Not long after this, the pandemic went crazy and suddenly we were in the first long lockdown of 2020. We had made key basic decisions about how we would move forward with the films but Matt still wasn’t entirely sure about how I wanted him to use the footage. I referenced my love of early surrealist photography as one thing he could draw on, which I think helped free up his thinking in a narrative sense. I also sent him a list of keywords and suggestions that I felt related to each poem. For ‘Boobs’ I said to him: “baroque 18th century architectural features, opulence, statuettes, caryatids, scrolls, exoticism, pagan kitsch”.

Drawing on those aforementioned keywords was the particular inspiration beyond ‘Boobs’?

In my work as a theatre maker and stage director, I directed a one man show by Caribbean-British poet John Agard, called Roll Over Atlantic, which we toured fairly extensively in the UK. After a performance at Nottingham Literature Festival, we were taken to a nearby pub by the festival organisers. In this pub, I overheard a woman say: “It’s alright, I’ll get my boobs out, you’ll be alright.” So, of course, I wrote this down in my notebook. It became one of many overheard phrases that were available for me to use when it came to writing this sequence of poems and was sort of irresistible. With ‘Boobs’, the whole invented narrative was about making that one line work plausibly. It’s curious that when I put these works on Vimeo, ‘Boobs’ attracted way more interest than any of the others. (Can’t imagine why.)

What direction did you give for the voicing of the short

I had come to the conclusion that I didn’t want the pieces to be spoken in my own voice. Some, I realised, clearly asked to be spoken in a female voice. The first piece I asked an actor to voice the text for was ’Premium’ which I imagined might sound good in the voice of actress Melissa Sirol, a French performer with whom I’d worked on a previous theatre project. As soon as Matt and I heard Melissa’s rendition of the text, we knew it was right. Her European accent connected with the noirish black and white feel and it just somehow gelled. So I started thinking about each piece and asking other actors who I knew if they would consider voicing one of the texts. With ‘Boobs’ I first got a male actor to voice the text, then afterwards changed my mind and decided it should be female. I had involved Isabella McCarthy Sommerville in a bit of R&D once and felt her very cut-glass clear English diction would work well for the piece, which I think it does.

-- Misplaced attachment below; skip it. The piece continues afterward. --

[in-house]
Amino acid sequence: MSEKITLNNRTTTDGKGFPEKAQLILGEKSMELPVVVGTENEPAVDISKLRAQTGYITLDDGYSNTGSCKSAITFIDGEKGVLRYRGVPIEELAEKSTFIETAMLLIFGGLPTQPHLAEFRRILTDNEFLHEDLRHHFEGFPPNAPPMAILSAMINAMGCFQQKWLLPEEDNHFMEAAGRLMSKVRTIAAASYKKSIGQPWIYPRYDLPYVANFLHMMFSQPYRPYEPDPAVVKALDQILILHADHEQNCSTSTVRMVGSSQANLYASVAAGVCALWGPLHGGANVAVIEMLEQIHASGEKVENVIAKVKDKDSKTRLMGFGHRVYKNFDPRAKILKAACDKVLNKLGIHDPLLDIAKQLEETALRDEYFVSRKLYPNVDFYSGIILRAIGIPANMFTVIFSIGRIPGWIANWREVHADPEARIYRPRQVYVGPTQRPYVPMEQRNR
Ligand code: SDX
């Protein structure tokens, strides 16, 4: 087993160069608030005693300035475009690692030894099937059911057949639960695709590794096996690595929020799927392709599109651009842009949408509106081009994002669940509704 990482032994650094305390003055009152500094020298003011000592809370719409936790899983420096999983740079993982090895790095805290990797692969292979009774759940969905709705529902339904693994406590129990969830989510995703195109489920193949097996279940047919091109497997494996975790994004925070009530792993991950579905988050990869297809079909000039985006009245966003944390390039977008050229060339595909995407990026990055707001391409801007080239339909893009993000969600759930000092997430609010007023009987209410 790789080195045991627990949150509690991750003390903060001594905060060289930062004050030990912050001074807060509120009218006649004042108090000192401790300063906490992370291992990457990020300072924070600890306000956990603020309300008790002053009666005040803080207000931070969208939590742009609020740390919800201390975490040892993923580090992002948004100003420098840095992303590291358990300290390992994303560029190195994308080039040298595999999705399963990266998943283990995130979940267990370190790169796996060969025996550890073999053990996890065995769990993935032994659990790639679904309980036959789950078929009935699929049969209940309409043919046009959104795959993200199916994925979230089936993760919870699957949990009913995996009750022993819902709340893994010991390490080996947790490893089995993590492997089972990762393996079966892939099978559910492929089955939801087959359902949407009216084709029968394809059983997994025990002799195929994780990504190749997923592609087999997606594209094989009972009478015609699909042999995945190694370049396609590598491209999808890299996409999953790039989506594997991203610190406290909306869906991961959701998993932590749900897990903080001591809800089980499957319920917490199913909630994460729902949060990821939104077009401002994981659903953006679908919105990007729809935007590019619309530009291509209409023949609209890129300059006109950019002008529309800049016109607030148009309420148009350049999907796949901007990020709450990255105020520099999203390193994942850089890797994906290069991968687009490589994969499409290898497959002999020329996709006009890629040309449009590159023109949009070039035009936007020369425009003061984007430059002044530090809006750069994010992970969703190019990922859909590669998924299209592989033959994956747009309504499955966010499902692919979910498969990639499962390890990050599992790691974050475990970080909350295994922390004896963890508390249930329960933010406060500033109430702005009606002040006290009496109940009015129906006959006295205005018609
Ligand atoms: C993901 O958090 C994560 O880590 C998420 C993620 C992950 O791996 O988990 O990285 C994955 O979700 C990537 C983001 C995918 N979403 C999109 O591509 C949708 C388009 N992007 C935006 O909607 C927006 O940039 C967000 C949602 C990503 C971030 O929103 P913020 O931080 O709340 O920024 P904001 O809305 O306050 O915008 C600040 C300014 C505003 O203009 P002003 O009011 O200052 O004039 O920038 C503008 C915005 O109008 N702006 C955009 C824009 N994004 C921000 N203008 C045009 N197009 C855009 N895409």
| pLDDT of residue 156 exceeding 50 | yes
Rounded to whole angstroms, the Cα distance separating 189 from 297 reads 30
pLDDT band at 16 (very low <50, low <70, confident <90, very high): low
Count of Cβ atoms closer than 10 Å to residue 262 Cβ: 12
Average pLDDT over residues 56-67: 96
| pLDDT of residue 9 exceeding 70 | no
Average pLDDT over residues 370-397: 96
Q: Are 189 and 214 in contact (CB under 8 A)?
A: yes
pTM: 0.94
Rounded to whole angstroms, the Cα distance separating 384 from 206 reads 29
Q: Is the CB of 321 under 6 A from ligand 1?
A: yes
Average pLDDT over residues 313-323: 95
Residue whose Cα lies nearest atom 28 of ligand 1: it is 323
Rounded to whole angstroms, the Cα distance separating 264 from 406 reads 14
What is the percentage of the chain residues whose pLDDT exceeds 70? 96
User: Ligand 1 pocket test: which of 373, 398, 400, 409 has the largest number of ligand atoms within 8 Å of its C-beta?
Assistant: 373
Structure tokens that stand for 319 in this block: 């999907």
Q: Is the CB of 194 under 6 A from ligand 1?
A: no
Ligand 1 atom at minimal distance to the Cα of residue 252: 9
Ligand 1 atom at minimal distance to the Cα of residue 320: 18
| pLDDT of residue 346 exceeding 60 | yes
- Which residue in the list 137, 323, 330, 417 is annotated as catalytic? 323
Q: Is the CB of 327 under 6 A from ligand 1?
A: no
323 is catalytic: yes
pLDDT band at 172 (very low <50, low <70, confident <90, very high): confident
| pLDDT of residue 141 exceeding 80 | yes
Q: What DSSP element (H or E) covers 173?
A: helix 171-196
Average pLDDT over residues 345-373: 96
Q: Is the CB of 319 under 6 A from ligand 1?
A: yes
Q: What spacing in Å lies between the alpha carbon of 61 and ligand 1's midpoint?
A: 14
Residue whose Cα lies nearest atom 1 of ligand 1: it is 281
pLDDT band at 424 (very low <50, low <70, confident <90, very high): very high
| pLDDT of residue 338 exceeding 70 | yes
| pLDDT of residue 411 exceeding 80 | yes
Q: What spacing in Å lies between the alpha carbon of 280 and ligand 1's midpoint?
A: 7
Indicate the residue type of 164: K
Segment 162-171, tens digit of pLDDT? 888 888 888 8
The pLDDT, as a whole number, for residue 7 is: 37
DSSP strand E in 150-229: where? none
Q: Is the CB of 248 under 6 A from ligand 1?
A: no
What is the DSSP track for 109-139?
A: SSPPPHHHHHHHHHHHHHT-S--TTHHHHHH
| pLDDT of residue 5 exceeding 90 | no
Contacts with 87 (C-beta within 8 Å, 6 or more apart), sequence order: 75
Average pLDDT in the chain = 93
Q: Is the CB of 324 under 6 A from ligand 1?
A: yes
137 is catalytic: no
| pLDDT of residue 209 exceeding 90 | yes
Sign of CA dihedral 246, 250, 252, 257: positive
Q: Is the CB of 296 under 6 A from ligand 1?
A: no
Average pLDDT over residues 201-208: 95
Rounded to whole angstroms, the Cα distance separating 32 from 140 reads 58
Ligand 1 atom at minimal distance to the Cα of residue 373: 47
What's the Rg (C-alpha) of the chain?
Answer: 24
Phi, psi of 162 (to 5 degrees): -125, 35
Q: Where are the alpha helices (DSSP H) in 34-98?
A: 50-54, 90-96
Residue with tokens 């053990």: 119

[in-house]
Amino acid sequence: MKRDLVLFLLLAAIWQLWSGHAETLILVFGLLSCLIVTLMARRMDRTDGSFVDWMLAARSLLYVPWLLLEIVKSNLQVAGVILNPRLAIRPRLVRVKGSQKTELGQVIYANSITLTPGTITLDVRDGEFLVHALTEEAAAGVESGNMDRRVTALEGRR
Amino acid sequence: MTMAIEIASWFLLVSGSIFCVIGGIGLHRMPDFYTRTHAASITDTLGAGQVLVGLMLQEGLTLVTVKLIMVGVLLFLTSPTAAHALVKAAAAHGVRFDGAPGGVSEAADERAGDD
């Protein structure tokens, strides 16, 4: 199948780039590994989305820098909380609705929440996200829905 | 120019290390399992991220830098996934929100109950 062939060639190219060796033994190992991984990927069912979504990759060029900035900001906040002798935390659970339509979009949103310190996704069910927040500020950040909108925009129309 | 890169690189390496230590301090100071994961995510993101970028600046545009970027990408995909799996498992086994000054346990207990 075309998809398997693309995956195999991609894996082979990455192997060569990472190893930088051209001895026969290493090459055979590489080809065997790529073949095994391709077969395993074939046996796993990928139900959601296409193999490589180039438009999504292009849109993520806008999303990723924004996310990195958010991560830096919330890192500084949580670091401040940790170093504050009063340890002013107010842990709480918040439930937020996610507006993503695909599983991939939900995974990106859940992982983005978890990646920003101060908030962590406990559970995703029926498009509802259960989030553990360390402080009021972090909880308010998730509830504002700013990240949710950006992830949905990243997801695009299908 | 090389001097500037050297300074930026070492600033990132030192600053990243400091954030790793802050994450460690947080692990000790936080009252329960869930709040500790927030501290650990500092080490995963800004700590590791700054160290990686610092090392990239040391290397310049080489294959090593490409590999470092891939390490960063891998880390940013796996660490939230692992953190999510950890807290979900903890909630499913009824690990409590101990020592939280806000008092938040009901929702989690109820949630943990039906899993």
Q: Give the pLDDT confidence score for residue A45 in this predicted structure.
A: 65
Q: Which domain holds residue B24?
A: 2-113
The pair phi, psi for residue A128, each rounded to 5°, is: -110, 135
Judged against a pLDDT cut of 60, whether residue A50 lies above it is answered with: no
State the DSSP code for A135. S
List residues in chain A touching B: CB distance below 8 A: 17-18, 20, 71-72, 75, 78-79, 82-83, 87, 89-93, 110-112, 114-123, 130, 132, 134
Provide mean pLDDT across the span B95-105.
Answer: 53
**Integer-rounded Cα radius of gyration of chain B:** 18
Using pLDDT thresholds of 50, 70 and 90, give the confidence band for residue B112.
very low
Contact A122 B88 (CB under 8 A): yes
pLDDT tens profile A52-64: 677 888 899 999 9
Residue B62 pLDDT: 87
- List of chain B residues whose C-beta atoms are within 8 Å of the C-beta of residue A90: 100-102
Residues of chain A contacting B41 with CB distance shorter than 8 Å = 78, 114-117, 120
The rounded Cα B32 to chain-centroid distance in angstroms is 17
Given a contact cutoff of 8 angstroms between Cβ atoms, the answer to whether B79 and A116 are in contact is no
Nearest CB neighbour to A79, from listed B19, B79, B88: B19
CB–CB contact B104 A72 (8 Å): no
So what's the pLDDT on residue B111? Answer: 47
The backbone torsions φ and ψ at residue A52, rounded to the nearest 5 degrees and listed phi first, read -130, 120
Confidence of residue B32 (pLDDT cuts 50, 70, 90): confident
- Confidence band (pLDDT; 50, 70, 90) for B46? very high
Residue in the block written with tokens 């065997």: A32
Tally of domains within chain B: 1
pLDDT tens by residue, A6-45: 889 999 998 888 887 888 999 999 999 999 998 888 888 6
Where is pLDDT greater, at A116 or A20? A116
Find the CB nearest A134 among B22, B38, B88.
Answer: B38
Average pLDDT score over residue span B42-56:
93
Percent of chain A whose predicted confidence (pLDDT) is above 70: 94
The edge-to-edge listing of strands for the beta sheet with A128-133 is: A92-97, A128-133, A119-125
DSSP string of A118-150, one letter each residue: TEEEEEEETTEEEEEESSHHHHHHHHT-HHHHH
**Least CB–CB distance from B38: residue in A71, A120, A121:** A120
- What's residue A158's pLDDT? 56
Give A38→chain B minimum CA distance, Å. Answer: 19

Film noir is beautifully apparent in the works, who and what types of film and work have inspired you to be making the material you are?

I do like the textural qualities of 30s/40s film noir. I was also influenced by early surrealist photography. There must be a whole complex of subtle influences and inspirations behind these works but I find it hard to identify in any clear way what they are. When I recently met with Matt he said he had re-watched them all again and liked that they were so weird and unapologetic and also felt that they seemed a bit Lynchean.

What do you hope for in your films?

After we’d finished, I had no particular idea of what I was going to do with the films apart from put them on Instagram. Normally I’m busy working on stage productions but in late June we were still in lockdown and that was not an option. I eventually started looking around at film festivals and discovered FilmFreeway. In due course, I started sending them out, one or two, here and there, and soon discovered that the best chances of getting them accepted was to focus mainly on festivals that have a super short or micro film category. They’ve now variously been shown at 35 film festivals in 18 countries, and the most successful of them, ‘Premium’, has been a category winner three times. I guess, for me, the important thing about this whole project is the way it’s opened up the possibility of working in film and putting stuff out digitally as a parallel to my other artistic activities. I’m now interested in seeing how my drama writing can work within a film context, maybe creating pieces that have both a live outcome and a digital/filmic outcome. So, it slightly changes the way I might conceive future projects. I have a monologue project with the working title ONESIES that I’m planning to develop in this way.

‘Les Coffrets’ is showing at 3.30pm on the 23rd of April at St Mary in the Castle as part of Hastings International Film Festival.